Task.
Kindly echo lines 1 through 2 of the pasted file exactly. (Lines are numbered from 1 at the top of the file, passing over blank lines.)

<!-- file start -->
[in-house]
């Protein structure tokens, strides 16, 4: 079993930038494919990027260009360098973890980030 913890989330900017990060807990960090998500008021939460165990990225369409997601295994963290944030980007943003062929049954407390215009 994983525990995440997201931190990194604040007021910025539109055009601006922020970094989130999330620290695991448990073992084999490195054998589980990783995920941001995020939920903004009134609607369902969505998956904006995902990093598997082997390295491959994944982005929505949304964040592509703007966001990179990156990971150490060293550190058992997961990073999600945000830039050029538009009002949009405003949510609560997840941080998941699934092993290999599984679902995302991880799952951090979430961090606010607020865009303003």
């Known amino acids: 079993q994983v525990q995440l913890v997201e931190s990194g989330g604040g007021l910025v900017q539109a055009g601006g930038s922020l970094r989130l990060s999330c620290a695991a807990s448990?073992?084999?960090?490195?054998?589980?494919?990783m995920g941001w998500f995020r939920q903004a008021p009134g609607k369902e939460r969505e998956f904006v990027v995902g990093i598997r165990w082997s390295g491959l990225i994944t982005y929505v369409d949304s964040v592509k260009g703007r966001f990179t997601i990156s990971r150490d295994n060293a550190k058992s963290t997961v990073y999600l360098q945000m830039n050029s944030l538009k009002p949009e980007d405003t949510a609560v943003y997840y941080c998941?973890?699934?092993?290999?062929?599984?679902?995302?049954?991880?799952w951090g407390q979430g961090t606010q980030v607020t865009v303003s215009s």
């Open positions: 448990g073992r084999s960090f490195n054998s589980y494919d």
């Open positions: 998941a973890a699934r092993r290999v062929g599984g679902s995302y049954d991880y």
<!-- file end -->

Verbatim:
[in-house]
């Protein structure tokens, strides 16, 4: 079993930038494919990027260009360098973890980030 913890989330900017990060807990960090998500008021939460165990990225369409997601295994963290944030980007943003062929049954407390215009 994983525990995440997201931190990194604040007021910025539109055009601006922020970094989130999330620290695991448990073992084999490195054998589980990783995920941001995020939920903004009134609607369902969505998956904006995902990093598997082997390295491959994944982005929505949304964040592509703007966001990179990156990971150490060293550190058992997961990073999600945000830039050029538009009002949009405003949510609560997840941080998941699934092993290999599984679902995302991880799952951090979430961090606010607020865009303003």